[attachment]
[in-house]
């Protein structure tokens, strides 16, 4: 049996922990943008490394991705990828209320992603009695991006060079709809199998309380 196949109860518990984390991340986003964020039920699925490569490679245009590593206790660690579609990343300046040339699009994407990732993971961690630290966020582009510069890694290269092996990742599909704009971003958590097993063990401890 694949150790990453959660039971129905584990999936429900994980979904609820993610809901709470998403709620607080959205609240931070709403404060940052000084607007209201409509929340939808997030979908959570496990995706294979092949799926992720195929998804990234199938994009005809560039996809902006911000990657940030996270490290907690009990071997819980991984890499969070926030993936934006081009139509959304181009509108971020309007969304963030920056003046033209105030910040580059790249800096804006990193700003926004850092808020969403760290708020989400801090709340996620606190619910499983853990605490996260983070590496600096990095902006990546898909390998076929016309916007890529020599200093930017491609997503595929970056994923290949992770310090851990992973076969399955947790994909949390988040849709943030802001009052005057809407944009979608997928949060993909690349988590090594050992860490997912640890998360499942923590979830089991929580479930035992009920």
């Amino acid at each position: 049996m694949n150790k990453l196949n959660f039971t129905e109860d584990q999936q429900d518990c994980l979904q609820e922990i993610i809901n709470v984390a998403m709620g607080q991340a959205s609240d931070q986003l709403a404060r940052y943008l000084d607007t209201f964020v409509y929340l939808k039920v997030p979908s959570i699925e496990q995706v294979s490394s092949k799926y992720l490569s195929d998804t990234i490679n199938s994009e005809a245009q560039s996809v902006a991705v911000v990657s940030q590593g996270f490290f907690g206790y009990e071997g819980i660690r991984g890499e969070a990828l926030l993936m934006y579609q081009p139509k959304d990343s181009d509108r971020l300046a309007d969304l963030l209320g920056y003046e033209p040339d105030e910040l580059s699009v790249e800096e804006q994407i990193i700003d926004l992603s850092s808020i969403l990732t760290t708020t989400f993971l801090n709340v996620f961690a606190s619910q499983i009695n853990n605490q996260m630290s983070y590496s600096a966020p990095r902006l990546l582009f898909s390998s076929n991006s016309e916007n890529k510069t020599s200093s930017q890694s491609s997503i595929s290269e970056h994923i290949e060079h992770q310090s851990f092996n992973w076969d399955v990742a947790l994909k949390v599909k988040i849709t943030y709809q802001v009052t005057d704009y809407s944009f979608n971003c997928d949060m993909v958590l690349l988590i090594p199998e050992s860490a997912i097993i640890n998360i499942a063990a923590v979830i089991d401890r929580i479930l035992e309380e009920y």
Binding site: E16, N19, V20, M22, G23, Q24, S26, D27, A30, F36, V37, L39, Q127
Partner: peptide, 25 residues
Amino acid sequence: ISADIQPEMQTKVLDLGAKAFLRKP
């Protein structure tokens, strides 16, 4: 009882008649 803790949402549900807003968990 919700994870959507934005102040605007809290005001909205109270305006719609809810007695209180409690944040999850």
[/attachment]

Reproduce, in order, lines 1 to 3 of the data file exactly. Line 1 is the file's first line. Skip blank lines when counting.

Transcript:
[in-house]
């Protein structure tokens, strides 16, 4: 049996922990943008490394991705990828209320992603009695991006060079709809199998309380 196949109860518990984390991340986003964020039920699925490569490679245009590593206790660690579609990343300046040339699009994407990732993971961690630290966020582009510069890694290269092996990742599909704009971003958590097993063990401890 694949150790990453959660039971129905584990999936429900994980979904609820993610809901709470998403709620607080959205609240931070709403404060940052000084607007209201409509929340939808997030979908959570496990995706294979092949799926992720195929998804990234199938994009005809560039996809902006911000990657940030996270490290907690009990071997819980991984890499969070926030993936934006081009139509959304181009509108971020309007969304963030920056003046033209105030910040580059790249800096804006990193700003926004850092808020969403760290708020989400801090709340996620606190619910499983853990605490996260983070590496600096990095902006990546898909390998076929016309916007890529020599200093930017491609997503595929970056994923290949992770310090851990992973076969399955947790994909949390988040849709943030802001009052005057809407944009979608997928949060993909690349988590090594050992860490997912640890998360499942923590979830089991929580479930035992009920």
């Amino acid at each position: 049996m694949n150790k990453l196949n959660f039971t129905e109860d584990q999936q429900d518990c994980l979904q609820e922990i993610i809901n709470v984390a998403m709620g607080q991340a959205s609240d931070q986003l709403a404060r940052y943008l000084d607007t209201f964020v409509y929340l939808k039920v997030p979908s959570i699925e496990q995706v294979s490394s092949k799926y992720l490569s195929d998804t990234i490679n199938s994009e005809a245009q560039s996809v902006a991705v911000v990657s940030q590593g996270f490290f907690g206790y009990e071997g819980i660690r991984g890499e969070a990828l926030l993936m934006y579609q081009p139509k959304d990343s181009d509108r971020l300046a309007d969304l963030l209320g920056y003046e033209p040339d105030e910040l580059s699009v790249e800096e804006q994407i990193i700003d926004l992603s850092s808020i969403l990732t760290t708020t989400f993971l801090n709340v996620f961690a606190s619910q499983i009695n853990n605490q996260m630290s983070y590496s600096a966020p990095r902006l990546l582009f898909s390998s076929n991006s016309e916007n890529k510069t020599s200093s930017q890694s491609s997503i595929s290269e970056h994923i290949e060079h992770q310090s851990f092996n992973w076969d399955v990742a947790l994909k949390v599909k988040i849709t943030y709809q802001v009052t005057d704009y809407s944009f979608n971003c997928d949060m993909v958590l690349l988590i090594p199998e050992s860490a997912i097993i640890n998360i499942a063990a923590v979830i089991d401890r929580i479930l035992e309380e009920y």